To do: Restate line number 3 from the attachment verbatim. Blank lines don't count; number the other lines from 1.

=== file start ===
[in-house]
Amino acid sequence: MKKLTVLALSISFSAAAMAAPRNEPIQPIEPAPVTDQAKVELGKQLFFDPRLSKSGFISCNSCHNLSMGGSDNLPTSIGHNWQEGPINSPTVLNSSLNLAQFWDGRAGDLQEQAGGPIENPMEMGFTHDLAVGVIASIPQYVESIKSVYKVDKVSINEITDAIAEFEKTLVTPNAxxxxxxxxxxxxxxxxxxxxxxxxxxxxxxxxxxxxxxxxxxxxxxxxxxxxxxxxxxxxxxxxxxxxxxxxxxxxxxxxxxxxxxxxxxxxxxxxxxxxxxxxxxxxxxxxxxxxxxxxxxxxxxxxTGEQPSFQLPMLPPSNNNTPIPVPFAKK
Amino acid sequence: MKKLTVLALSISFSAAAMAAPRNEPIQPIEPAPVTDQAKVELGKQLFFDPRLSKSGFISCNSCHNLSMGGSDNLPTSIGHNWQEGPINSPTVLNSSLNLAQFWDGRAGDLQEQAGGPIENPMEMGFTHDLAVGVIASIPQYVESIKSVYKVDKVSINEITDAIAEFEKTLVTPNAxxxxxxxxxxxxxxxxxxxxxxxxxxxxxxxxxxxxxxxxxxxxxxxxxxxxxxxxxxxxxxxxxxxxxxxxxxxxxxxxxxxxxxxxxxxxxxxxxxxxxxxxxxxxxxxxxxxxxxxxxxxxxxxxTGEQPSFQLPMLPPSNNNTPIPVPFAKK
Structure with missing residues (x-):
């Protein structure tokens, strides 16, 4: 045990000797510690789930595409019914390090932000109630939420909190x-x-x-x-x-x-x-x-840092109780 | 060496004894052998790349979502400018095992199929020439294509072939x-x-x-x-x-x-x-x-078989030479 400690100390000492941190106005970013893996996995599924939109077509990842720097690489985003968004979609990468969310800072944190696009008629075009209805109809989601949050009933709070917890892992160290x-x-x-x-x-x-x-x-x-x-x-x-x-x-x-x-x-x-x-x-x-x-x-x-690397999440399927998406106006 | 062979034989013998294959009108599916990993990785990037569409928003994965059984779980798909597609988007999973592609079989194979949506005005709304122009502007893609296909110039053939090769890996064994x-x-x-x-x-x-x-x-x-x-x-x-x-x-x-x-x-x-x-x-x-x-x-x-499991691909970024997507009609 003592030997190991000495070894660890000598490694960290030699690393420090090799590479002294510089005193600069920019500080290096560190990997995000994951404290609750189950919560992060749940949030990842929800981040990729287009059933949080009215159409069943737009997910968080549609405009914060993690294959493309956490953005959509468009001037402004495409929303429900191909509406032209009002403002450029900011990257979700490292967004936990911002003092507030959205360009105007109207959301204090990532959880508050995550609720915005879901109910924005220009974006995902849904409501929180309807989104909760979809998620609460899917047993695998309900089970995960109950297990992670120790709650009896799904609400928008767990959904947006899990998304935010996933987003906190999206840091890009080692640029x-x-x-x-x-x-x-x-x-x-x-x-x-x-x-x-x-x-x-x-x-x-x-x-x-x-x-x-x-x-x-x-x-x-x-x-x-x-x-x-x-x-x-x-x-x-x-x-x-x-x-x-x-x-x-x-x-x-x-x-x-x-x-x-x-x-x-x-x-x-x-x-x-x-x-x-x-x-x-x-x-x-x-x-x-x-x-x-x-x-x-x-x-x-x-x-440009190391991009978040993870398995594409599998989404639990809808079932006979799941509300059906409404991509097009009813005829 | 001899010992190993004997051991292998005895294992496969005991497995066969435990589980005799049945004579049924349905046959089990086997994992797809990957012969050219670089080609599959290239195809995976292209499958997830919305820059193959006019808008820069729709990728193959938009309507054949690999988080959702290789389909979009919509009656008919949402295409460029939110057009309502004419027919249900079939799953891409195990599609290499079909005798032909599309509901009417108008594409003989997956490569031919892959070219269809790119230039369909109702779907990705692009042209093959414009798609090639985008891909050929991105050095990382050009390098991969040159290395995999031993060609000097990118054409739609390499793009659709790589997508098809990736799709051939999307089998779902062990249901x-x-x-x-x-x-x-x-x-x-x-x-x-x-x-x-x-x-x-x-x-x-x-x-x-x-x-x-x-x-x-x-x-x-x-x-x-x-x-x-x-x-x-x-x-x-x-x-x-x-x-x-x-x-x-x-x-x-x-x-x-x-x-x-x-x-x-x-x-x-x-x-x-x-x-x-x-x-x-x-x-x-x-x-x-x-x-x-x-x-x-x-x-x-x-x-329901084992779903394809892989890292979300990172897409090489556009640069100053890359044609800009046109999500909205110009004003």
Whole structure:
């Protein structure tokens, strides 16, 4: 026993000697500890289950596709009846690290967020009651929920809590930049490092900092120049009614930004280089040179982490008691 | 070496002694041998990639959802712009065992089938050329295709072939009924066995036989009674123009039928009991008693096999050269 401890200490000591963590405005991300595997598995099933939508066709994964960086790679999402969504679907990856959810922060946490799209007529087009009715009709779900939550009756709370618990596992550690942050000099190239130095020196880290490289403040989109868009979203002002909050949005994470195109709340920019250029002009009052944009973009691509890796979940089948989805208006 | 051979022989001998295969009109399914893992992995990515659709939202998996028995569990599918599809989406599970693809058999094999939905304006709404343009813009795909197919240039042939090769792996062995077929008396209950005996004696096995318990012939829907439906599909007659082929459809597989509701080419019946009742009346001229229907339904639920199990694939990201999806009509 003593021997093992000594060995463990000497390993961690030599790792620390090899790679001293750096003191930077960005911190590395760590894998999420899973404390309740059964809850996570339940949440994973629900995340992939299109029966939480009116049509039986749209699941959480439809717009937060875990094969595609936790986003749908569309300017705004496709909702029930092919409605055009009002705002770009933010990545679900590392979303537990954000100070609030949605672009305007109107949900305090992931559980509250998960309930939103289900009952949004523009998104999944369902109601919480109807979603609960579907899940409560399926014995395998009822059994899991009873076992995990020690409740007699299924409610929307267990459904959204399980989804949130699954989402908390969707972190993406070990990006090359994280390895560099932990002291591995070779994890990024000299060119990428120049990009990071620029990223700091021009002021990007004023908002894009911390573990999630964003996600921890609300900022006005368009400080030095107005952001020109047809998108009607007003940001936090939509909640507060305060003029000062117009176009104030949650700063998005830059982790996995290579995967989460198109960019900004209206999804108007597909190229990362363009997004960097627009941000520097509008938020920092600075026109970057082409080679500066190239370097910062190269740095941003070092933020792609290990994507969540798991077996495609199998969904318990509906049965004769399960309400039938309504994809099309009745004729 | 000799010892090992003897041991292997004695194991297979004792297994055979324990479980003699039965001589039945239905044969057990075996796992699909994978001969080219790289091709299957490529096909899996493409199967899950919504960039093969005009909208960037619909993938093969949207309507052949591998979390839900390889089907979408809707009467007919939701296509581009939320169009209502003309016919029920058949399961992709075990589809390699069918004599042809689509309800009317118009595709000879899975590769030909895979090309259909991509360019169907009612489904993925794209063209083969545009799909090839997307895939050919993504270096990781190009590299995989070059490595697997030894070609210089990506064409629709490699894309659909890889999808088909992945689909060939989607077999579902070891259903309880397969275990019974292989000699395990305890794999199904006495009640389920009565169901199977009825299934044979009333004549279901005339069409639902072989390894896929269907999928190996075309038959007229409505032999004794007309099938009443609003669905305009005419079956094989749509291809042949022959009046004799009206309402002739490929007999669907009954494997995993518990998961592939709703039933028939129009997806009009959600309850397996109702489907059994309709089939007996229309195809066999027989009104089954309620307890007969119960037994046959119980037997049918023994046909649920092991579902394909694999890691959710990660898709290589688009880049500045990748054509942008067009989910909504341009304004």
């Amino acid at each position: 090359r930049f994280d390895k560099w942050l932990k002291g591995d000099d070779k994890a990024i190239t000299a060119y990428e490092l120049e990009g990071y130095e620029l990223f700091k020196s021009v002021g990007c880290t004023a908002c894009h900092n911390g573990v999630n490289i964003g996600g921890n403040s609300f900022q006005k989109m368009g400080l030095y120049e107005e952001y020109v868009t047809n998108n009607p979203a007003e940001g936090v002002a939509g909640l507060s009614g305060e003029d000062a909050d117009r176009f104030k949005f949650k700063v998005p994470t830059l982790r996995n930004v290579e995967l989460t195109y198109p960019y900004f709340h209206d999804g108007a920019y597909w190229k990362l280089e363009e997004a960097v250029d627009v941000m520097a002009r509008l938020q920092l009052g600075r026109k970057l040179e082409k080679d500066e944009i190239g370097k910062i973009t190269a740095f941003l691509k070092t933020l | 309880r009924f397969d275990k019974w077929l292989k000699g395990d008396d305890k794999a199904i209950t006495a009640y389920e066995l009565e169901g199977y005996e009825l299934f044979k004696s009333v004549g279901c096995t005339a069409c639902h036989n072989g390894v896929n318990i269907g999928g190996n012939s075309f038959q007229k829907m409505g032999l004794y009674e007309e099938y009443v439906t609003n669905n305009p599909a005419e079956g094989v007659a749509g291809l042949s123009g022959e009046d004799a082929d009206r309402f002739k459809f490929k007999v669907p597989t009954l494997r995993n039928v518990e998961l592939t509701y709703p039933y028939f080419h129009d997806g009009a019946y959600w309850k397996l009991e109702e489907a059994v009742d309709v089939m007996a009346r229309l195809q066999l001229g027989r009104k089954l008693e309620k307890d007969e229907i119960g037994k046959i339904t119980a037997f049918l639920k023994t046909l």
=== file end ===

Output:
Amino acid sequence: MKKLTVLALSISFSAAAMAAPRNEPIQPIEPAPVTDQAKVELGKQLFFDPRLSKSGFISCNSCHNLSMGGSDNLPTSIGHNWQEGPINSPTVLNSSLNLAQFWDGRAGDLQEQAGGPIENPMEMGFTHDLAVGVIASIPQYVESIKSVYKVDKVSINEITDAIAEFEKTLVTPNAxxxxxxxxxxxxxxxxxxxxxxxxxxxxxxxxxxxxxxxxxxxxxxxxxxxxxxxxxxxxxxxxxxxxxxxxxxxxxxxxxxxxxxxxxxxxxxxxxxxxxxxxxxxxxxxxxxxxxxxxxxxxxxxxTGEQPSFQLPMLPPSNNNTPIPVPFAKK